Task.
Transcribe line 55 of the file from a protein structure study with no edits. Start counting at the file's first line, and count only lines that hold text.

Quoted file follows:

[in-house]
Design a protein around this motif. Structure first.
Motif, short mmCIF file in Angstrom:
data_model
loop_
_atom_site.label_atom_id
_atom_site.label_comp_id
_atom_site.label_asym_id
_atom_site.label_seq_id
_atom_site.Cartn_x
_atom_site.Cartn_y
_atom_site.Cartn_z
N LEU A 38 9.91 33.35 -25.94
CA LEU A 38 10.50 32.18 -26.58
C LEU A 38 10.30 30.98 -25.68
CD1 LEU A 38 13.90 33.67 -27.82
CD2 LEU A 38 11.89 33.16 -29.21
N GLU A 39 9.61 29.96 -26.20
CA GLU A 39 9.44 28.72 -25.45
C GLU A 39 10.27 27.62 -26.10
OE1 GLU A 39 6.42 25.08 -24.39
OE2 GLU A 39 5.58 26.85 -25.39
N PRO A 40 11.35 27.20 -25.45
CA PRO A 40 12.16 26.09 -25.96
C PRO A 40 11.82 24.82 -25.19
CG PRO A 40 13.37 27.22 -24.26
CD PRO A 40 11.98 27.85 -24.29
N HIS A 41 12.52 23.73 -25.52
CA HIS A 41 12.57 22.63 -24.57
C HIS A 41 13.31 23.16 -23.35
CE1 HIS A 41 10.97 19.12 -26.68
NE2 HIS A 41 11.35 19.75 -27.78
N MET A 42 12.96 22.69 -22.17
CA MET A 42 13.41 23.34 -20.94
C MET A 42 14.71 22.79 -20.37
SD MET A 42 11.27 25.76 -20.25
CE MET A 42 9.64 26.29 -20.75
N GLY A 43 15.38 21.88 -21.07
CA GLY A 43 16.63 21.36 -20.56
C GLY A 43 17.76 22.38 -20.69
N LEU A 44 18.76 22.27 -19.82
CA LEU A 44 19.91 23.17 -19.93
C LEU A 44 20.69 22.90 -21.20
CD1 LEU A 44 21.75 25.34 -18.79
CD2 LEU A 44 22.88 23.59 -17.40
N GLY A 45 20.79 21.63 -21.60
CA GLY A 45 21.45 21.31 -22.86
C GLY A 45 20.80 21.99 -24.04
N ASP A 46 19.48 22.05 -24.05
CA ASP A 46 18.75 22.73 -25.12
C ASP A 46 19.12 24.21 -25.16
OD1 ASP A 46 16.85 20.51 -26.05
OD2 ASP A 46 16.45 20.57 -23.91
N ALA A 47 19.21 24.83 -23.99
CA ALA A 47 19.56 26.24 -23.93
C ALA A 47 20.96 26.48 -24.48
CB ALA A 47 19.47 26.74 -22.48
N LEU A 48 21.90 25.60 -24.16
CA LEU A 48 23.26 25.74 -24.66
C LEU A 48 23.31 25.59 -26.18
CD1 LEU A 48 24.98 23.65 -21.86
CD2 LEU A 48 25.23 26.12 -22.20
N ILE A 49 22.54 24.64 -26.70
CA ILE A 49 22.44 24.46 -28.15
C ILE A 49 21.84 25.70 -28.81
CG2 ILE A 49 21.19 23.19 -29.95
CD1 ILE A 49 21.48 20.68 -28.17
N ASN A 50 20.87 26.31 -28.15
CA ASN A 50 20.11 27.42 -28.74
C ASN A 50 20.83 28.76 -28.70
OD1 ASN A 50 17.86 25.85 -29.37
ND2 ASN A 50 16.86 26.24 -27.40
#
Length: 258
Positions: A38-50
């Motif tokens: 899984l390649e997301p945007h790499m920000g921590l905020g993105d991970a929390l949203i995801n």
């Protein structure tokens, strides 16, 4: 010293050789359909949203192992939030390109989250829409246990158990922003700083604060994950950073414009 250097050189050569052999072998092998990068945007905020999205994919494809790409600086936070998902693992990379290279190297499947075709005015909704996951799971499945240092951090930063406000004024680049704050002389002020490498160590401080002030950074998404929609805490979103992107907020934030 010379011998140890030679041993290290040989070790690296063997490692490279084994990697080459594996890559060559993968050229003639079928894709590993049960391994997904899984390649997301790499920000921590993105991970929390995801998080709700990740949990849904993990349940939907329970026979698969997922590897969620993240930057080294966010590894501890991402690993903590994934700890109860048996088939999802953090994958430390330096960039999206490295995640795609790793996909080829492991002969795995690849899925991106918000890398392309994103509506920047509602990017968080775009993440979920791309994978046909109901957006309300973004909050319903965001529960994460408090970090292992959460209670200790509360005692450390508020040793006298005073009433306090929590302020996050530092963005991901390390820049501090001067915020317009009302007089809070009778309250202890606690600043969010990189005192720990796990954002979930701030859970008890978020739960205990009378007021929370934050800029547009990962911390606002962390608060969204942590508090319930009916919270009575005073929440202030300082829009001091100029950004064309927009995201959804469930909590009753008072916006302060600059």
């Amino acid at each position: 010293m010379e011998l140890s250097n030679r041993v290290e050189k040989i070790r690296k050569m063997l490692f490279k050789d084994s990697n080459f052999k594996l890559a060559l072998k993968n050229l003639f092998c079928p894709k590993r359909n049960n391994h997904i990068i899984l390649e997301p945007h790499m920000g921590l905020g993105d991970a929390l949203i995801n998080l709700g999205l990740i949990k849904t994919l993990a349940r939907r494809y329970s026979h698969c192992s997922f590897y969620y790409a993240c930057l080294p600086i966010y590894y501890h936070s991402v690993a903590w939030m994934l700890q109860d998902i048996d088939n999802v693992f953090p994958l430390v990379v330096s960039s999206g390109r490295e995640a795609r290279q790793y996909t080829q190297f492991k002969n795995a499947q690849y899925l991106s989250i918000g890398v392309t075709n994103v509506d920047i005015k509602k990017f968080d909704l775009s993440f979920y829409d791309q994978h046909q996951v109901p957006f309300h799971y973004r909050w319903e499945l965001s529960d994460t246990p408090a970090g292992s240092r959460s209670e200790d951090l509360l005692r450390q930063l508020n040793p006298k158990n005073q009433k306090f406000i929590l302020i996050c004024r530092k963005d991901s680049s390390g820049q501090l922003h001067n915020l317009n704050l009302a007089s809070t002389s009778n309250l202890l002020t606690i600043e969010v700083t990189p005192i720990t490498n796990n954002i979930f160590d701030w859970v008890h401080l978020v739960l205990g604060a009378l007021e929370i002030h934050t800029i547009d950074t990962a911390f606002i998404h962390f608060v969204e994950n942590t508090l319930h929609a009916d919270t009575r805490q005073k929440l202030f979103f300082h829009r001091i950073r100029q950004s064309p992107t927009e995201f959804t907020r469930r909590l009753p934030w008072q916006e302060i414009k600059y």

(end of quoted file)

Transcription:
CA ALA A 47 19.56 26.24 -23.93